3. When you run a program with kernel or administrator privileges, it can now screw up the other processes on your machine.

4. And not only can it do so, it will do so, because it, like every program ever written, is a buggy pile of garbage.

Now that the StarForce infection was on my system, I had two serious problems. First, I needed to remove the malware. I'll explain how I did that, below. Second, I needed to decide whether to pan the game because it installed a virus on my system.

Occasionally, I read a hand-wringing article on gamasutra or elsewhere, lamenting that PC gaming is dying, and wondering why. Allow me to explain why: I am reasonably confident that any random crack written by a Ukrainian hacker, downloaded from is less likely to sabotage my computer than simply installing a game off a storebought CD or DVD. I'm no marketing expert, but I think that this just might be part of the problem.

"But wait!" I hear the game publishers whine. "Game consoles have copy protection, too! Why aren't you criticizing them for it?"

That's a good question. There are two good answers. First, disc-based copy protection on a PC shrinks the market for your game substantially. Second, I use my PC for work. If your stupid game interferes with my work, I will rip your arm from its socket and beat you with the bloody stump until you die.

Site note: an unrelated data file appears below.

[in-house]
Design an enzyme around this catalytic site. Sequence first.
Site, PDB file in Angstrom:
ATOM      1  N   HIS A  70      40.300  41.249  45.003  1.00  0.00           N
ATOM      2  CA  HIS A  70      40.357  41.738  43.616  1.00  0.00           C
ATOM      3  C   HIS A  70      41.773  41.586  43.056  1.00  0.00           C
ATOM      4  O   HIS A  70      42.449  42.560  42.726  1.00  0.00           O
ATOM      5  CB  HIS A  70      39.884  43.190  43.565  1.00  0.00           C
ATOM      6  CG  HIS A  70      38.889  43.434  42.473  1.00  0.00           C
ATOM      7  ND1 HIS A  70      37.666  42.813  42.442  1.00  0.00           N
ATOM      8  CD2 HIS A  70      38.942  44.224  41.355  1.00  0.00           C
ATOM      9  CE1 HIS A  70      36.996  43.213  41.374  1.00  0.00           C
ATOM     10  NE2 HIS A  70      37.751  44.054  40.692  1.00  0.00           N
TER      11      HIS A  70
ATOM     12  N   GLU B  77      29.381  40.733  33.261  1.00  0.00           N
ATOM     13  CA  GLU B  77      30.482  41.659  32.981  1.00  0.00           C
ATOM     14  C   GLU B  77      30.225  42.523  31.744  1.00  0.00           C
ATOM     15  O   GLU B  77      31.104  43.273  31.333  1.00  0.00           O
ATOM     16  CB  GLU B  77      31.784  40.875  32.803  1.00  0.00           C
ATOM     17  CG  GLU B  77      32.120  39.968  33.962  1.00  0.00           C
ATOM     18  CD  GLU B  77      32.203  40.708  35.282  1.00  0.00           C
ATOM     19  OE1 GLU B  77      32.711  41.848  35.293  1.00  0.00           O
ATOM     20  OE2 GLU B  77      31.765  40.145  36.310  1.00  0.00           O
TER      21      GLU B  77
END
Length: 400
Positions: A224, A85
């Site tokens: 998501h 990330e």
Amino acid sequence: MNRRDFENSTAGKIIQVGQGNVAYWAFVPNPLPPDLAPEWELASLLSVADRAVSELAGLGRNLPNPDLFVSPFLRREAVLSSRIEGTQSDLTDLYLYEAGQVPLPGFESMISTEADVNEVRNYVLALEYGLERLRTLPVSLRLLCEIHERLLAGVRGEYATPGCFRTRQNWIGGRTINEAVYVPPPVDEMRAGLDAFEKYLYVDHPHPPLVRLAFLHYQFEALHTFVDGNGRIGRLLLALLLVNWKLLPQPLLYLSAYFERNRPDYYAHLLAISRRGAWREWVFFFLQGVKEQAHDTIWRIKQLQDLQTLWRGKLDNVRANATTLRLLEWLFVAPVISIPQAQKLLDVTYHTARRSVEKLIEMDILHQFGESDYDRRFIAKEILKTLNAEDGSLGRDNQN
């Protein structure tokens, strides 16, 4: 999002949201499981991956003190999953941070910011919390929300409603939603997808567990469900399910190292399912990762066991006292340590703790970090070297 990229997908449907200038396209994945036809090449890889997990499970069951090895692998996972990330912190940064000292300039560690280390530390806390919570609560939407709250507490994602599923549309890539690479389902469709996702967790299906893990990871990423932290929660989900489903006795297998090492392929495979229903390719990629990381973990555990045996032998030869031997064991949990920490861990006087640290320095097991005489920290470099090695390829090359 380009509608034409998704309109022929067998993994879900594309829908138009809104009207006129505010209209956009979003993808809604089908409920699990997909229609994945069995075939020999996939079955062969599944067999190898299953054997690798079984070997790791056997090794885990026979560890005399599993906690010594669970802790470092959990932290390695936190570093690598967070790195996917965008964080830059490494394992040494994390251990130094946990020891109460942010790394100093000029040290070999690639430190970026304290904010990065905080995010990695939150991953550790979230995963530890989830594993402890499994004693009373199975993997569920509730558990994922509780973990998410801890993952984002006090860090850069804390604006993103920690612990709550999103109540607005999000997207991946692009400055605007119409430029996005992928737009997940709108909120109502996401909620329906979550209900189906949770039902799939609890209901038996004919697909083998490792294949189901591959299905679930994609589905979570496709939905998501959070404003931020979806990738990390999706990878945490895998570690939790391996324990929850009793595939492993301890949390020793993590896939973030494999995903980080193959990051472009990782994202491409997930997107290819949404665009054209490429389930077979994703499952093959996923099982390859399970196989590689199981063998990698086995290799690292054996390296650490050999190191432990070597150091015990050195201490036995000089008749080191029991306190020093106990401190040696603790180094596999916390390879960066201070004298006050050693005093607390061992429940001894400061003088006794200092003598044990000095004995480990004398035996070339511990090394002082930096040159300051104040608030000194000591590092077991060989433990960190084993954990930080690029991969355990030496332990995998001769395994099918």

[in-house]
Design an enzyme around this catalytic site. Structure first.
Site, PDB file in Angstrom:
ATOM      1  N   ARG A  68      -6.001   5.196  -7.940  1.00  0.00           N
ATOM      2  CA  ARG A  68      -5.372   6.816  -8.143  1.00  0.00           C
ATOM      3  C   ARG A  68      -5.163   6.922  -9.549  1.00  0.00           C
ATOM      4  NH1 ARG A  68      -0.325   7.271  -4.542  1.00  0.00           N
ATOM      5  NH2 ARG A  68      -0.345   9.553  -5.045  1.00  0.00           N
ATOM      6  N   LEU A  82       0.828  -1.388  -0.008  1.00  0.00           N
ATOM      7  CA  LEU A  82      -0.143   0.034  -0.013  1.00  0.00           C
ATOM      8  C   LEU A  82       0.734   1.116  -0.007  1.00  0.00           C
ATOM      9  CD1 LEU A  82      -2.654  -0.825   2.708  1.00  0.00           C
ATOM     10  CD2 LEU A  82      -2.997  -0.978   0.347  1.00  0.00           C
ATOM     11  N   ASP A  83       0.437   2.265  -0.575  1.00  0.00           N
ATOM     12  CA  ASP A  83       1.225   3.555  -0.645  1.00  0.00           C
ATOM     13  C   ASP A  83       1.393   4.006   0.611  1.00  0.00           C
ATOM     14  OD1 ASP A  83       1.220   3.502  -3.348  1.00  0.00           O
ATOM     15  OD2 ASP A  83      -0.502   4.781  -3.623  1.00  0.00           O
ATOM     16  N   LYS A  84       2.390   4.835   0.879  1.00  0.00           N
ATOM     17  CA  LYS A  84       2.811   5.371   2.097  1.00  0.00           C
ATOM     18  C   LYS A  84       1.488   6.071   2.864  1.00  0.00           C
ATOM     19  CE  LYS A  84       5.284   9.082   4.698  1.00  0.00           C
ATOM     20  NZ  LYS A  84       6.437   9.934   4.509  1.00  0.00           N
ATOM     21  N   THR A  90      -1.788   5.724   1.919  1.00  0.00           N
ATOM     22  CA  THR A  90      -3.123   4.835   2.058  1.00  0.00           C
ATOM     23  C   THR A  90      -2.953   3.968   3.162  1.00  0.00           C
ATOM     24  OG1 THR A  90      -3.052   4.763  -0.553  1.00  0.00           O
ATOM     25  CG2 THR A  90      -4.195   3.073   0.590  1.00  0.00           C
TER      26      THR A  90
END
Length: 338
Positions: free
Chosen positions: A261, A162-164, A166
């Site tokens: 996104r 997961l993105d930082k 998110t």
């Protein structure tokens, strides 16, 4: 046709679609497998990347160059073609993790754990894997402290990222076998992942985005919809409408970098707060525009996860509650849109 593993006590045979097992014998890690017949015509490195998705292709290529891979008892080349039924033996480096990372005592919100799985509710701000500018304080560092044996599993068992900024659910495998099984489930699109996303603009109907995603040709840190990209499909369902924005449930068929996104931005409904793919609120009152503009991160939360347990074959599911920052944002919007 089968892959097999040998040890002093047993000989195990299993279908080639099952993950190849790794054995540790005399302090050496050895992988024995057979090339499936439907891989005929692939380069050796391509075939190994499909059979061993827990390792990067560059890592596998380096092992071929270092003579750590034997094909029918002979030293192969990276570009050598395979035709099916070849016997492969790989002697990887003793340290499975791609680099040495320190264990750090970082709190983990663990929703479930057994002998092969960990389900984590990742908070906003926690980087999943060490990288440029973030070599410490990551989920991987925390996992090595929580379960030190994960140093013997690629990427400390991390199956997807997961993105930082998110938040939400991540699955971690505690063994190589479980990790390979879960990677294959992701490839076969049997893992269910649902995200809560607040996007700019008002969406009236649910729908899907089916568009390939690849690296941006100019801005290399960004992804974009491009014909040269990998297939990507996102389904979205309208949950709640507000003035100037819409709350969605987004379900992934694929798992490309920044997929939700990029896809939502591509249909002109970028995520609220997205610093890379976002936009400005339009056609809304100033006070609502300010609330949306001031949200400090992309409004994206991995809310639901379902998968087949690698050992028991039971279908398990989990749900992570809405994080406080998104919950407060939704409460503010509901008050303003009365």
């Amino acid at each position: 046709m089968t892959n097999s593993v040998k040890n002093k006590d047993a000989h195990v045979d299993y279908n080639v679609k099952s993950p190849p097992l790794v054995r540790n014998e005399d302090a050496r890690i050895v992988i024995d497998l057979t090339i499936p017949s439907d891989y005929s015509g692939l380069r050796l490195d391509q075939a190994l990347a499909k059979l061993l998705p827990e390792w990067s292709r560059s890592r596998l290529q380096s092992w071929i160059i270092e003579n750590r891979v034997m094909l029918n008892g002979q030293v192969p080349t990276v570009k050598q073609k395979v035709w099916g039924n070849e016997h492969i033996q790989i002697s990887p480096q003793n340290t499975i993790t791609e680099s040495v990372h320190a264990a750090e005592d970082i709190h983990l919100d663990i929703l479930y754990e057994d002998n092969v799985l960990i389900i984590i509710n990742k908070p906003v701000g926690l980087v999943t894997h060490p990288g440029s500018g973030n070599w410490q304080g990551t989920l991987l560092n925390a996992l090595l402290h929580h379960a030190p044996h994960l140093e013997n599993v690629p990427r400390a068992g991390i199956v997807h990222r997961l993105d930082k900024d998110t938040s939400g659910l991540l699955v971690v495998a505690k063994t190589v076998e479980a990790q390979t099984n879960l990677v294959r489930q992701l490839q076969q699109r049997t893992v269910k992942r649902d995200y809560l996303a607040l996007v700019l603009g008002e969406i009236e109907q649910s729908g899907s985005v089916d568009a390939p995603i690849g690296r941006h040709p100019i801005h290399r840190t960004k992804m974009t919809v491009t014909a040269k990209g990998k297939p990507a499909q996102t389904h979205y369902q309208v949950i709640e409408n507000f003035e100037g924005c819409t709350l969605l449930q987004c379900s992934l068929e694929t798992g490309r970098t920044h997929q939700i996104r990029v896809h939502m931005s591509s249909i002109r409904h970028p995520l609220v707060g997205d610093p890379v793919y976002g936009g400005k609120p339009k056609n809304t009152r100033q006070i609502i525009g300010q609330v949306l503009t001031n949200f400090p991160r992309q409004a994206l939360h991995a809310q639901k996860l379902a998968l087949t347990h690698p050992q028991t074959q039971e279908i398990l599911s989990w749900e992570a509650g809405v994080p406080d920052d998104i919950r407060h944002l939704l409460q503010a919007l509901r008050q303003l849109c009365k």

Let me explain what I mean by "shrinking the market." As compared to a game console, a PC has precious few advantages. PCs are heavier, more complex, and more expensive than game consoles. The one advantage PCs have is that many of us lug around laptops with us so we can do our work. When I get on a plane, I have to remember a lot of stuff. I have to remember my wallet, my keys, my passport, my laptop, my hotel reservation, and so on. If you think I'm also going to remember to lug around a case of CDs or DVDs so that I can play your game, which probably isn't all that good anyway, you are sadly mistaken. Game publishers (and, of course, StarForce) are fond of claiming that crack sites like gamecopyworld are intended to help people "steal games". I'm sure that some of this goes on. That being said, most of the people I know who use those sites use them so that they can play their legally acquired edition of your stupid game on their laptop without having to travel with their entire library of discs.